President Donald Trump blamed congressional Democrats for a lagging federal response to the hurricane-ravaged Florida Panhandle on Wednesday, declaring that his political opponents care more about investigating his administration than funding storm relief.
Trump held a campaign rally in Panama City Beach, where Hurricane Michael struck last year as a category 5 storm. He promised $448 million in disaster relief from the Housing and Urban Development Department, on top of what he said was more than $10 billion committed to storm recovery in Florida.
Before the rally, he toured Tyndall Air Force Base, which is situated on a barrier island across the bay and is still being rebuilt after being heavily damaged by Hurricane Michael.
Disaster response is a soft spot for Trump as he enters his re-election campaign. He has come under fire from Puerto Rico officials and their congressional allies for what they say has been an inadequate federal role in the recovery from Hurricane Maria, which devastated the territory in September 2017.
The president has responded by repeatedly, and erroneously, claiming that the government provided $91 billion for Puerto Rico’s recovery, and has alleged without substantiation that some of the money has been lost to corruption.
“Puerto Rico got $91 billion,” he said again on Wednesday, pulling a chart from his coat pocket that he said showed storm-related funding for the territory compared to other parts of the country struck by hurricanes, including Houston and Florida’s panhandle.
“You’re getting your money one way or another and we’re not going to let anybody hold it up,” he said. “The Democrats are trying to stop it, but you’re going to get it. Don’t worry.”
A disaster recovery bill that would provide the Defense Department with $857 million to rebuild Tyndall has been stuck in Congress, in part because of disagreements over providing more money for Puerto Rico. The territorial government says that about $11.4 billion has been earmarked for Maria recovery by the Federal Emergency Management Agency and that it’s received about $5.7 billion so far.
Yet even that bill wouldn’t provide the Pentagon what it needs, according to Shana Udvardy, a climate resilience analyst at the Union of Concerned Scientists. Damage from Michael has hamstrung the base, which houses a squadron of the nation’s most advanced fighter planes, the F-35.
“When we think about how much Tyndall itself needs for recovery, that $857 million is kind of a drop in the bucket,” Udvardy said. She cited an estimate that Tyndall, along with Marine Corps Base Camp Lejeune in North Carolina and Offutt Air Force Base in Nebraska, require some $8 billion to recover from hurricane and flood damage last year and this year.
The pace of Florida’s recovery from Michael has been slow in part because of Michael’s intensity and the fact that it struck one of the poorest and most rural places in the state, said Leslie Chapman-Henderson, president and chief executive of the Federal Alliance for Safe Homes, a safety advocacy group.
Politico reported that Florida Republicans warned Trump not to show up for his Panama City Beach rally without an announcement of new aid for the region.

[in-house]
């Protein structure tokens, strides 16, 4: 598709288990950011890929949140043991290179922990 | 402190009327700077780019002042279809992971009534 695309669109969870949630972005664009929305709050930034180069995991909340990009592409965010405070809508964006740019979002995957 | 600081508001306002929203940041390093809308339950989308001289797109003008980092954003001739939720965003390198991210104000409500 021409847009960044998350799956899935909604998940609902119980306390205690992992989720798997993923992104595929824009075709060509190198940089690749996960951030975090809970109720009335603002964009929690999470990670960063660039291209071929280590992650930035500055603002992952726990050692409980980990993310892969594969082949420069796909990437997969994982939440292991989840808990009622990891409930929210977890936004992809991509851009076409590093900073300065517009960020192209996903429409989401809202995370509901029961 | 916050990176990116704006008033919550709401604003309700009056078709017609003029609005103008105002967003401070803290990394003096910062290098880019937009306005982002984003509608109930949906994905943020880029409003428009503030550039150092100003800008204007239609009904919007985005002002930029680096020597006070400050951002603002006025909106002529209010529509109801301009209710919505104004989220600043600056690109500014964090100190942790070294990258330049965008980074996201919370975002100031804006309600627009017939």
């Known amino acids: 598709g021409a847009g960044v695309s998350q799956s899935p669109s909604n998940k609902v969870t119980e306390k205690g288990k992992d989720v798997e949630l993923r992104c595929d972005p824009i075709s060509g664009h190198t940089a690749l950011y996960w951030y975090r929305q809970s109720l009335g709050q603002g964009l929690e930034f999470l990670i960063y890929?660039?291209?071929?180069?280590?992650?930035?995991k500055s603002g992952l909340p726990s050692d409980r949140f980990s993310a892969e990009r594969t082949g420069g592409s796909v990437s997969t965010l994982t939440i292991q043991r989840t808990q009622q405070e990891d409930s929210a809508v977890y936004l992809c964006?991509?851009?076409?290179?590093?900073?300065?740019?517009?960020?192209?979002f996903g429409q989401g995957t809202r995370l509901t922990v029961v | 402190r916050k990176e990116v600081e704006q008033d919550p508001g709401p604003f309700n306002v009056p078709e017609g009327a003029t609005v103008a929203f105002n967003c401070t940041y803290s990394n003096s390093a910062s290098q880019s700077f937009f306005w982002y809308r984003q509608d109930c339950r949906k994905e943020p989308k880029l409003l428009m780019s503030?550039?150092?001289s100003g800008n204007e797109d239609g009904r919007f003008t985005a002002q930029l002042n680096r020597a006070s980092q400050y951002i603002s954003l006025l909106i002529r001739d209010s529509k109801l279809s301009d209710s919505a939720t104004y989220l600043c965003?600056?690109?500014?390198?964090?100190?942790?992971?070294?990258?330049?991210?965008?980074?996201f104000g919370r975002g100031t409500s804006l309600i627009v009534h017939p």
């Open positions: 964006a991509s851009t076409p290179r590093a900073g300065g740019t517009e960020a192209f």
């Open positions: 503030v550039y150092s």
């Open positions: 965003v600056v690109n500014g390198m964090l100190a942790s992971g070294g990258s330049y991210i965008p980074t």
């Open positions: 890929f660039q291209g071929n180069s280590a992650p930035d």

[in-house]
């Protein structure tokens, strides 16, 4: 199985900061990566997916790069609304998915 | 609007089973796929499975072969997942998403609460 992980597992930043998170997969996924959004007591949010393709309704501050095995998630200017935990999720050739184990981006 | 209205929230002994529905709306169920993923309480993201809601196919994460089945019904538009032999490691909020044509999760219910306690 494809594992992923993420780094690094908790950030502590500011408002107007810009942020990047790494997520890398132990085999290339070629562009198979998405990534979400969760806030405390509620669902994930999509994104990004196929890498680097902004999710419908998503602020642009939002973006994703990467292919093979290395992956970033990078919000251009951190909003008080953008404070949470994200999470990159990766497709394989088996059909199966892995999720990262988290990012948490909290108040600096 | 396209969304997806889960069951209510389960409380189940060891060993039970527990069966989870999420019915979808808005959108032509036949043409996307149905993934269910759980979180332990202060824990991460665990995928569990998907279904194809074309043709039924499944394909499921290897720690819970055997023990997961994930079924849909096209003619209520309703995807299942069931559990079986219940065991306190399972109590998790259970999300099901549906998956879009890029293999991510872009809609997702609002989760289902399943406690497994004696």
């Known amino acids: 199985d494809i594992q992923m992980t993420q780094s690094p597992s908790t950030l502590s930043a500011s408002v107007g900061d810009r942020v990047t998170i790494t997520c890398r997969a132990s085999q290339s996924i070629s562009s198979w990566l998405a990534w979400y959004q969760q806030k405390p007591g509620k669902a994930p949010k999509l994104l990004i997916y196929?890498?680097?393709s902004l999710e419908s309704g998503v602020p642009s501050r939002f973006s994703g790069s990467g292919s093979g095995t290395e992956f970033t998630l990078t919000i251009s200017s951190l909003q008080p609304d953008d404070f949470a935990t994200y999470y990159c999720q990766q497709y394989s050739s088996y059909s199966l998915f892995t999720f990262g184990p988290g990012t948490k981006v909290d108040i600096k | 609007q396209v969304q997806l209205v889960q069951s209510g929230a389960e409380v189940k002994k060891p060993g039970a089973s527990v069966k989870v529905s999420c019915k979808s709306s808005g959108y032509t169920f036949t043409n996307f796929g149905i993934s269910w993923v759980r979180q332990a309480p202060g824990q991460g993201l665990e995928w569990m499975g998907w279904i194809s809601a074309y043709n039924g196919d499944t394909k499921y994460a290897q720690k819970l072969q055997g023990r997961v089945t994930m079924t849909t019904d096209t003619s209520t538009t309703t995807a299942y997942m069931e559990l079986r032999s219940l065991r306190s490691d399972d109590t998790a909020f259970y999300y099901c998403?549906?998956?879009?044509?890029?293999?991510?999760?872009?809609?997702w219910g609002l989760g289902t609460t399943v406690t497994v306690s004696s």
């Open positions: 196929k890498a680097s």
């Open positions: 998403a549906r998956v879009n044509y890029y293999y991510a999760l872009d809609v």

Panama City’s city manager, Mark McQueen, said the city lost or suffered damage to 90% of its houses and buildings in Hurricane Michael. The cost of debris removal combined with emergency measures such as providing water and health care in the storm’s immediate aftermath totaled about $153 million. The city has a $91 million annual budget.
City officials have asked the federal government to reimburse 90% of the costs instead of the usual 75%. The city’s mayor, Greg Brudnicki, was to meet with Trump on Wednesday.
“We certainly could use the federal government’s help and President Trump’s authority to change that reimbursement rate,” McQueen said. That would “immensely help the city meet its financial obligations.”
Trump announced at the beginning of his rally that “we will have the federal government pay for 90% of the costs in many circumstances. We can do that because of the incredible devastation and the size of that storm.”
FEMA has obligated $152 million in state and local public assistance grants for Florida related to Hurricane Michael, according to information the agency has posted on its website. It has also approved $143 million in aid to individuals and families, and provided repair grants to 27,000 households. The agency didn’t immediately respond to a request for the number of houses that have so far been repaired.
While it waits for more funding from Congress, the Air Force has been drawing down its regular maintenance funds to pay for repairs at Tyndall, according to John Conger, who oversaw energy, installations and environmental policy at the Department of Defense.
“You pay for it by using money that you were going to use later in the year,” said Conger, who is now director of the Center for Climate and Security in Washington. “They need this disaster emergency appropriations bill desperately.”
The Air Force secretary, Heather Wilson, said March 27 that recovery efforts at Tyndall would cease by May 1 if Congress didn’t pass a supplemental spending bill, according to the Pensacola News Journal.
The damage to Tyndall illustrates the military’s exposure to climate change, said Alice Hill, who was in charge of resilience at the National Security Council under President Barack Obama. She said neither the Department of Defense nor the White House have done enough to address that threat.
“Because our nation has been engaged in a political debate over whether climate change is occurring, it has slowed the preparations of the Department of Defense,” said Hill, now a research fellow at Stanford University’s Hoover Institution. “The nation should be quite concerned.”
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